LEE WESTWOOD: I haven't looked much at the form. I've been away for so long, I've missed all the buildup to it. All the racing around Christmas I've missed out. I really miss actually not going to the races. It's just not the same watching it on TV. Soon they'll let owners in and the more crowds after that, the better.

Q. My question was about Cheltenham, as well. If the circumstances had been different in the world, where would you have been this week?

LEE WESTWOOD: Probably here. Yeah, I didn't have any plans to go to Cheltenham this year.

Q. Was that because of the pandemic, or does it speak to kind of where you are golf-wise these days?

LEE WESTWOOD: Just where I am golf-wise, I think. I joined the PGA TOUR September last year -- well, when I needed to, whenever the signup date was, and I committed myself to play a string of events, and this is a good run of events here. There's exemptions for top 50 in the world into most of them, so it made sense to play a run here.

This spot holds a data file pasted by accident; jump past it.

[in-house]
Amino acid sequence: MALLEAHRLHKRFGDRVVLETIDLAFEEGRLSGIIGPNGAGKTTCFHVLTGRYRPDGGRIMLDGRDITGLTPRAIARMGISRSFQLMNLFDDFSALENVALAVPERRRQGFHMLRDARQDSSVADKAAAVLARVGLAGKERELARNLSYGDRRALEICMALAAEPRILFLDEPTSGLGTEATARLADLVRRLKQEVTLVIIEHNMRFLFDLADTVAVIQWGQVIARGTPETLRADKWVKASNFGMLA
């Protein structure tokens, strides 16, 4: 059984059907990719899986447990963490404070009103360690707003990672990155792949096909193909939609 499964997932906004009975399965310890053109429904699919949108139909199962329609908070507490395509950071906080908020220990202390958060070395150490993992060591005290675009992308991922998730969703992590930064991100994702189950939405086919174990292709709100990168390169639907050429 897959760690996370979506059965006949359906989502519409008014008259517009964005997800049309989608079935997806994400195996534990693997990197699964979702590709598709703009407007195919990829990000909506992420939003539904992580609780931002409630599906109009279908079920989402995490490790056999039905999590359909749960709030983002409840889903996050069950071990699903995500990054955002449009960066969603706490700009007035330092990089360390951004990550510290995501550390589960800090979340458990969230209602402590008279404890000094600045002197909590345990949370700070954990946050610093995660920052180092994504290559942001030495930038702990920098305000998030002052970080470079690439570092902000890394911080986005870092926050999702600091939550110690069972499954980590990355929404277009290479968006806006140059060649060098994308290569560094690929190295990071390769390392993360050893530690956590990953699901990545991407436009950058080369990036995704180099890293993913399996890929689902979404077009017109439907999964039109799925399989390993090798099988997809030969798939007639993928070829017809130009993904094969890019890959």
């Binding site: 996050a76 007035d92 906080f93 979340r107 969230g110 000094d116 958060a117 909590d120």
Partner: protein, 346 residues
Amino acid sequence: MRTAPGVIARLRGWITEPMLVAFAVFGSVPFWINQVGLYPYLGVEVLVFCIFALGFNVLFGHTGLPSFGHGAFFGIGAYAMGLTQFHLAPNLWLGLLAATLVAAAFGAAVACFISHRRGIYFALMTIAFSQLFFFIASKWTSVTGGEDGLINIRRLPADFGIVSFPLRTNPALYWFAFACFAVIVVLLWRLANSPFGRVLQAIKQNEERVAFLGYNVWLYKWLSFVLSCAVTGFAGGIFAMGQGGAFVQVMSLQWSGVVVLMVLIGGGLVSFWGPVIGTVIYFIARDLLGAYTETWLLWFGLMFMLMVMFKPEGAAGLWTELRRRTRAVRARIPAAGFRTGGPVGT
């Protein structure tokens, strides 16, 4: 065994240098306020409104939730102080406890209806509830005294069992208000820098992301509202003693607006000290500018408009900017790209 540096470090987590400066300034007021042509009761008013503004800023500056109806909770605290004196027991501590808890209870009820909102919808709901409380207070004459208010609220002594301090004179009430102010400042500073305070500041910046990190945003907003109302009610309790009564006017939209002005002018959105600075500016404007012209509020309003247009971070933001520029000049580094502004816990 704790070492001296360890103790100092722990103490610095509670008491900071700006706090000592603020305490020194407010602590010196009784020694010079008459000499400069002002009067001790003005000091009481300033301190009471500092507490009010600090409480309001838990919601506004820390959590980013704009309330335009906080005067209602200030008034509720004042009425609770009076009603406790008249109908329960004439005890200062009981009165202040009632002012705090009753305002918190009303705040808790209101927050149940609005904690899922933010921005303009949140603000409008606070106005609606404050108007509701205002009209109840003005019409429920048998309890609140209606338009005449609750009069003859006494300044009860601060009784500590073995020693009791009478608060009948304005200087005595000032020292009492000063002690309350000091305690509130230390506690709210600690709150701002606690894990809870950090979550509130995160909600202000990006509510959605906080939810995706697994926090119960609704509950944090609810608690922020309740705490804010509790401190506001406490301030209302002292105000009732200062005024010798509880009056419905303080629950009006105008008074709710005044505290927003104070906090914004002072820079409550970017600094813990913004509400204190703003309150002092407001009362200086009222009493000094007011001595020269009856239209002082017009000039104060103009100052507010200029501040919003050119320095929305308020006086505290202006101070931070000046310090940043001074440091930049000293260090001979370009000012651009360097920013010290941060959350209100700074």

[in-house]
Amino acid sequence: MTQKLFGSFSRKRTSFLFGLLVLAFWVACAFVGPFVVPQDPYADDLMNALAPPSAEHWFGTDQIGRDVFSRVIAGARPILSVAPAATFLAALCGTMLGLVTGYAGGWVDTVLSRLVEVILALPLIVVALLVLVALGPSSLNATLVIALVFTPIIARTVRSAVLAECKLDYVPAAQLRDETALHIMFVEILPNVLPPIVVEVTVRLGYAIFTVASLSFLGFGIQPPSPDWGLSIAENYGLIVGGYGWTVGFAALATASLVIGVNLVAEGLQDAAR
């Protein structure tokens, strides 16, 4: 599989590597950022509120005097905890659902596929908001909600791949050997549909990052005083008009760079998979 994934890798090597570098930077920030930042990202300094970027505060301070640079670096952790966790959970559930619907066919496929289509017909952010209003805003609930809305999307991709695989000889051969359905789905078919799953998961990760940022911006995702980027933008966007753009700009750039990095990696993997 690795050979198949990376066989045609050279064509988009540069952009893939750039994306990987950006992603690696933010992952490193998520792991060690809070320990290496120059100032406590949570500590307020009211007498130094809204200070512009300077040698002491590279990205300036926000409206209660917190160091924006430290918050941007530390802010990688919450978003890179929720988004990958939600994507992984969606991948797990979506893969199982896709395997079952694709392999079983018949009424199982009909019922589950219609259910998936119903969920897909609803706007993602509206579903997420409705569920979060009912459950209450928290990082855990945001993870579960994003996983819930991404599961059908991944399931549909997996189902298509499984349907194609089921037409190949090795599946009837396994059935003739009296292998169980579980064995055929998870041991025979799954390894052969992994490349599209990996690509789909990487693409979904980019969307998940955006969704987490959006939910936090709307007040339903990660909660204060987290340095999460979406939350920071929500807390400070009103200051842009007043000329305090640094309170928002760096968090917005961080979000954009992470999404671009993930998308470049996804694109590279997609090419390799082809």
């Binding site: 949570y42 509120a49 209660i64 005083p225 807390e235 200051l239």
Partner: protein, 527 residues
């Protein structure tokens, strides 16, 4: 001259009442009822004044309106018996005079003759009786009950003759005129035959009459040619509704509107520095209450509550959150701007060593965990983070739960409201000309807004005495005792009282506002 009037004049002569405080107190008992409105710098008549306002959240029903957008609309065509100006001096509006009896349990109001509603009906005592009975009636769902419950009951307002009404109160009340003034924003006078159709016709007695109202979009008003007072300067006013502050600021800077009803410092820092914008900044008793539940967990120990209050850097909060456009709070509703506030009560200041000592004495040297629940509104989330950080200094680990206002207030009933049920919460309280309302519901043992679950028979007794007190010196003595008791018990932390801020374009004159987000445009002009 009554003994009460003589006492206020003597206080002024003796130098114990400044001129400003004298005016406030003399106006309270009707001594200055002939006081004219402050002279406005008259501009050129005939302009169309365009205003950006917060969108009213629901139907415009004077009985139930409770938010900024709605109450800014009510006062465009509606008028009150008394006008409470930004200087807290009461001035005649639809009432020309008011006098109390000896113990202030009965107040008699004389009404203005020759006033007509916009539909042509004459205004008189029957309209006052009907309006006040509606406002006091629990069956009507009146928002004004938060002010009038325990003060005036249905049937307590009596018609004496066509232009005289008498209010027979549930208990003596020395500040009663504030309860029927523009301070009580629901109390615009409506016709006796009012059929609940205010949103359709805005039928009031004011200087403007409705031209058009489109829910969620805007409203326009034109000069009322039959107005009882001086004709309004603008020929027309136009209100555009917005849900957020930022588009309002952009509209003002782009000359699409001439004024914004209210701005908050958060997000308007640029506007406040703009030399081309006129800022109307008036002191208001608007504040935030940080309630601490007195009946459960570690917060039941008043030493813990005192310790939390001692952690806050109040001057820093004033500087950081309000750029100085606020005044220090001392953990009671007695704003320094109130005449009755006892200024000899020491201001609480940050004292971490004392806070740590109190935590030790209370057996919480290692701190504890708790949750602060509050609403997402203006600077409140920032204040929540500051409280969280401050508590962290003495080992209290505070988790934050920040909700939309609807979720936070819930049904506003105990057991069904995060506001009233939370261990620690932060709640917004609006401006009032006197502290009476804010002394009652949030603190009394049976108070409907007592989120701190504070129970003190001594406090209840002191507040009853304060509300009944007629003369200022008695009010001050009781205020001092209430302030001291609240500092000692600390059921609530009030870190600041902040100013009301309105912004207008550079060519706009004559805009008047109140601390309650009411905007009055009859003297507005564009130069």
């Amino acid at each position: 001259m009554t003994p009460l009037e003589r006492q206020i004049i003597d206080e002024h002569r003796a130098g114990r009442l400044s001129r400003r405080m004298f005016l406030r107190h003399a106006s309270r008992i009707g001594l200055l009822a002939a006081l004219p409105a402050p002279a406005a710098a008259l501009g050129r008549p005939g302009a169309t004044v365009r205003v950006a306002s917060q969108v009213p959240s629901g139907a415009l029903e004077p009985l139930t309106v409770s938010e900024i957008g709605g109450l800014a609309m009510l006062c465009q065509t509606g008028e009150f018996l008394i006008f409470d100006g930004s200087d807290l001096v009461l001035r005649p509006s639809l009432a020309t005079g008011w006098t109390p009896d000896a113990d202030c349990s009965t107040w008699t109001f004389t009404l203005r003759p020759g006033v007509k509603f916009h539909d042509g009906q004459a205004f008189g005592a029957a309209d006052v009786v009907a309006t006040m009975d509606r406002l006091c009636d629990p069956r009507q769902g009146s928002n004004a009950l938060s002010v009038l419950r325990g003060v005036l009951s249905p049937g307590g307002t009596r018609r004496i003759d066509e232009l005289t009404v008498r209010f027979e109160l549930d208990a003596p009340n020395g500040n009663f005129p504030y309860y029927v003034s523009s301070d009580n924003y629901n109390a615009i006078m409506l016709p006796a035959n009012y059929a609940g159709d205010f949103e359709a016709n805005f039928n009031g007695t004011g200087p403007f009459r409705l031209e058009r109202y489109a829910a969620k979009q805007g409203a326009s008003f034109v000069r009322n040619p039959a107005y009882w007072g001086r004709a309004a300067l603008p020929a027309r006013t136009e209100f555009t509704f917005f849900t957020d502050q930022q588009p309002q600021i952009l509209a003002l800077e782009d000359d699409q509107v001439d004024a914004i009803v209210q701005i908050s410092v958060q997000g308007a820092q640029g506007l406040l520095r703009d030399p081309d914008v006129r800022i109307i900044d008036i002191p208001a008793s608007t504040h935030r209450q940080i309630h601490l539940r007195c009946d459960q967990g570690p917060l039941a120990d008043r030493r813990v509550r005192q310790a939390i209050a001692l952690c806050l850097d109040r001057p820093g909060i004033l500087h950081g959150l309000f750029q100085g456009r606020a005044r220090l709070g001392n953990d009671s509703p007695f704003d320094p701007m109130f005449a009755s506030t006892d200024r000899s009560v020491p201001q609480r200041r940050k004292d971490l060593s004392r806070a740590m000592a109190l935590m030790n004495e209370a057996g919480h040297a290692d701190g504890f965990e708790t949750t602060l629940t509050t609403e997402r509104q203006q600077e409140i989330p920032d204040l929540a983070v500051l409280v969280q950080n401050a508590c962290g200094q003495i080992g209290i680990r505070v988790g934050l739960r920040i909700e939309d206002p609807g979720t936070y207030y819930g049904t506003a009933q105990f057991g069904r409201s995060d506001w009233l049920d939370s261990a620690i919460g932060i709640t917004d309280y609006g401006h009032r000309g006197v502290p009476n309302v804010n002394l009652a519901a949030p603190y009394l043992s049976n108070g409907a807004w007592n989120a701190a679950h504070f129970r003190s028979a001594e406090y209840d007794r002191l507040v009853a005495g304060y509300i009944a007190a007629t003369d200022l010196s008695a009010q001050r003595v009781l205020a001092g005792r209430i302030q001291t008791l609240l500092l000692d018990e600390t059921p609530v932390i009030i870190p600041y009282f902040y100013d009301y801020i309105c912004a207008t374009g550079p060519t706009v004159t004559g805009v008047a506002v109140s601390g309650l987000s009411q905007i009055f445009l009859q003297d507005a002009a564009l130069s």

Q. Who will be on your bag this weekend?


Q. Just talk about that; what is the difference for you when it's Sam as opposed to Helen?

LEE WESTWOOD: Not too much difference. I just like being out there with the both of them. Both keep me relaxed. We have good chats out there. It's good bonding time. Helen picked the last two weeks to caddie. I think she's sick she didn't pick this week now. She was on a run, wasn't she, but she's here, so I'll be able to chat to her at night about stuff that's going on on the golf course. But Sam is enjoying himself and looking forward to this run of tournaments where he's getting to caddie.

Q. You mentioned kind of the grueling stretch you've been in, not just playing golf tournaments but the mental grind of competing to win at the end. What is the challenge for this course now, the third in a row, very difficult course?